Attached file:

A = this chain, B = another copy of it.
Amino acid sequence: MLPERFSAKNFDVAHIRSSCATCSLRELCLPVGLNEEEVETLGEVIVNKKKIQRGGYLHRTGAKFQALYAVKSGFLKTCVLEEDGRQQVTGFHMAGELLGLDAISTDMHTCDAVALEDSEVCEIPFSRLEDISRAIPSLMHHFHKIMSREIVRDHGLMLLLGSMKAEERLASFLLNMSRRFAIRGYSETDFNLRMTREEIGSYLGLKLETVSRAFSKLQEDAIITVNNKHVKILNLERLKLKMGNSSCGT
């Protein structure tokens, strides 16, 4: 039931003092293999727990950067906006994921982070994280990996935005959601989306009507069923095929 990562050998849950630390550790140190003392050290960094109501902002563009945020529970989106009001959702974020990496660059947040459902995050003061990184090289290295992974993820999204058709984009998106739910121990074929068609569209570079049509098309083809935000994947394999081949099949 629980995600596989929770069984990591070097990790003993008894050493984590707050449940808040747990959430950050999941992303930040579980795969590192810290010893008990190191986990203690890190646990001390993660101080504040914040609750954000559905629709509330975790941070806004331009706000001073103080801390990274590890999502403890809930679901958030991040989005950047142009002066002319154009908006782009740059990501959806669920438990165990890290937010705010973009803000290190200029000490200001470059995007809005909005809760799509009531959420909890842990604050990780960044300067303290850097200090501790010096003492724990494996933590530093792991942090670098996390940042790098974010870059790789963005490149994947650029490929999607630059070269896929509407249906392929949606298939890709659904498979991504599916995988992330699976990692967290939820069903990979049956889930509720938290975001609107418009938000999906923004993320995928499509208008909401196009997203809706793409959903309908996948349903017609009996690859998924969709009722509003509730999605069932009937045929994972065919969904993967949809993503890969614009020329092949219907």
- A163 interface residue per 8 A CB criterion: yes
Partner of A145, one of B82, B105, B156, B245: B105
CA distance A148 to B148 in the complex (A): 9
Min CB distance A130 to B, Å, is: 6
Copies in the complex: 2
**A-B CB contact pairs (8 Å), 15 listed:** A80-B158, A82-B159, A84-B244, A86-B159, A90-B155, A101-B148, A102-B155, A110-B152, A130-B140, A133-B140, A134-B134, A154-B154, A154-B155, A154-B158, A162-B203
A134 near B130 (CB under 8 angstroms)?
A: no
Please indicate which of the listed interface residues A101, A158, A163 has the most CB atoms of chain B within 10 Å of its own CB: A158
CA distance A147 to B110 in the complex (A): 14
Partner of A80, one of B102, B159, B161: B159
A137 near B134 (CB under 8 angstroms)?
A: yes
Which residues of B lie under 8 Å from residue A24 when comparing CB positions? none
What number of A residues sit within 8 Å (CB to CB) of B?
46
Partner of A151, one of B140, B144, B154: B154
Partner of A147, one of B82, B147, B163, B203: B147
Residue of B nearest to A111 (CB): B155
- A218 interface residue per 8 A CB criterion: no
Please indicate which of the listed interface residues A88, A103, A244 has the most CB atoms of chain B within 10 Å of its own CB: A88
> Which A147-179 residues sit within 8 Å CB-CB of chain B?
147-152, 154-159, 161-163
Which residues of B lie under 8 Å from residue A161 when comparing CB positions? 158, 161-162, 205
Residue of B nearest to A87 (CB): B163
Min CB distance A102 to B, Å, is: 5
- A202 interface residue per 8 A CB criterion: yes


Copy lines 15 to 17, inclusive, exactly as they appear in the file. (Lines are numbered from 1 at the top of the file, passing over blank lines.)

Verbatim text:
A137 near B134 (CB under 8 angstroms)?
A: yes
Which residues of B lie under 8 Å from residue A24 when comparing CB positions? none